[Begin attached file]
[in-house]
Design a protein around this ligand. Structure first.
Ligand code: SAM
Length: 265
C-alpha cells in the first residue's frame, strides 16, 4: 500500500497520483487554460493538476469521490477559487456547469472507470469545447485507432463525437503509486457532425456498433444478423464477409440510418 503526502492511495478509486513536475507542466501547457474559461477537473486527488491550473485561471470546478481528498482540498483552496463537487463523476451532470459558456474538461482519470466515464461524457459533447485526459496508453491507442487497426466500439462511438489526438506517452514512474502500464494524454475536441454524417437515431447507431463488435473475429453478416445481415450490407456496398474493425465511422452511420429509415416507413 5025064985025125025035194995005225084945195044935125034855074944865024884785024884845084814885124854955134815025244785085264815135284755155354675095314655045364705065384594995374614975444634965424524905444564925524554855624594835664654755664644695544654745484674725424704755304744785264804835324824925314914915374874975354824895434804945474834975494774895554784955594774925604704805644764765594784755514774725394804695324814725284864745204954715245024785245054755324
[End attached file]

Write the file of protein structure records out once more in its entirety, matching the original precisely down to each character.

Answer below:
[in-house]
Design a protein around this ligand. Structure first.
Ligand code: SAM
Length: 265
C-alpha cells in the first residue's frame, strides 16, 4: 500500500497520483487554460493538476469521490477559487456547469472507470469545447485507432463525437503509486457532425456498433444478423464477409440510418 503526502492511495478509486513536475507542466501547457474559461477537473486527488491550473485561471470546478481528498482540498483552496463537487463523476451532470459558456474538461482519470466515464461524457459533447485526459496508453491507442487497426466500439462511438489526438506517452514512474502500464494524454475536441454524417437515431447507431463488435473475429453478416445481415450490407456496398474493425465511422452511420429509415416507413 5025064985025125025035194995005225084945195044935125034855074944865024884785024884845084814885124854955134815025244785085264815135284755155354675095314655045364705065384594995374614975444634965424524905444564925524554855624594835664654755664644695544654745484674725424704755304744785264804835324824925314914915374874975354824895434804945474834975494774895554784955594774925604704805644764765594784755514774725394804695324814725284864745204954715245024785245054755324